The first book of the four is not that martial yet. It describes only the first phase of nationalism, a gradual awaking by the main character and those around him to the unfairness of the colonial system. The main character, Minke, is a descendant of Javanese royalty, but in spite of his high status in indigenous society is despised by the arrogant Europeans. While in school he lives on a plantation in the household of an Indonesian woman and her daughter by an incompetent white Dutchman, Annelies. The women actually expertly run the plantation, but the mother’s knowledge and experience counts for nothing in the face of the colonial state. The main conflict arises when Minke marries the underage Annelies in a Islamic ceremony not recognised by Dutch law. Her legal, Dutch, guardians try to take her back and Minke rallies the Indonesians incensed by this insult to their religion.

This plot is in many ways the inverse of many conventional plots that focus on Dutch planters. The concubine and the appendages to heir household become the main focus, the white planter a supporting role. From inhospitable and mysterious, the kampongs become the place where family lives. The preoccupation with polite Dutch society is absent from Toer, which would make him less suitable for the costume period dramas so in vogue right now.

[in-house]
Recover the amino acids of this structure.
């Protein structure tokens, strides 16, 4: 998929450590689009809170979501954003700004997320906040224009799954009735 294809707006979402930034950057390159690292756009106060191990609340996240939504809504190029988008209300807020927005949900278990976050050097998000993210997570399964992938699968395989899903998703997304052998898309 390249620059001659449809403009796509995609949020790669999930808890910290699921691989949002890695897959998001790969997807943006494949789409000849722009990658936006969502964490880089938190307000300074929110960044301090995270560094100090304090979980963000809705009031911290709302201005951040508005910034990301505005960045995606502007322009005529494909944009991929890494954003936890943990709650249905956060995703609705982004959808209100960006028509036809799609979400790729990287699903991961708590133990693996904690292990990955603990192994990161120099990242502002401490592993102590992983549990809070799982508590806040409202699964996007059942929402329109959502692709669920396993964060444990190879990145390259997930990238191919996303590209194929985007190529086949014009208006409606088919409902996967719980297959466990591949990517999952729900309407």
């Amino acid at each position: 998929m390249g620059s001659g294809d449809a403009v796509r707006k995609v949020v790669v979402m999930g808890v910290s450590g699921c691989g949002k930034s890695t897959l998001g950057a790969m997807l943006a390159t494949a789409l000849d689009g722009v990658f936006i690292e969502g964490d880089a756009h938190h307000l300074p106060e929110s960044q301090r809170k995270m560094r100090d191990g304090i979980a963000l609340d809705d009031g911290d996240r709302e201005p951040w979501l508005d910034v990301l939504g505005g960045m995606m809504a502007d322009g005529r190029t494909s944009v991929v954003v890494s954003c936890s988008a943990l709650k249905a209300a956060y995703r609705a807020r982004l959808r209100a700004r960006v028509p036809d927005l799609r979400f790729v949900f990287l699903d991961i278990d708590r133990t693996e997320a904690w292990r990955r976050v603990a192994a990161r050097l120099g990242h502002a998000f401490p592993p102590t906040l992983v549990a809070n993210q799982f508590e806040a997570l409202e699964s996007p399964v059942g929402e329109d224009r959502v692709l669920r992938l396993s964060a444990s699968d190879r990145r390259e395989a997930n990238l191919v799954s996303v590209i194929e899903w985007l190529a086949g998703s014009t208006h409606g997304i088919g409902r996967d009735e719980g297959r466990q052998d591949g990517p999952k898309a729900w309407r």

Most books from the Indies Letters let Islam play a role, but in most books it plays the role of a dark, unknowable power. For Toer it is not a negative force, but the source of the mobilising power that would eventually sweep away Dutch rule. Still, in the case of Islamic marriage law versus Dutch civil law I found myself instinctively agreeing with the Dutch court, or at least understanding of its position. It is hard to sympathise with the plight of a frustrated marriage to a minor. It is interesting how this case echoes Dutch fears about the violation of Maria Hertogh, the Dutch girl whose case caused race riots in Singapore in 1950. The Malay family that had adopted her while her white parents were locked away in Japanese concentration camps refused to give her up, and betrothed the underage girl to an older boy. Another echo is the important love story of Saïdjah and Adinda in Max Havelaar, which was also frustrated by Dutch colonial authorities.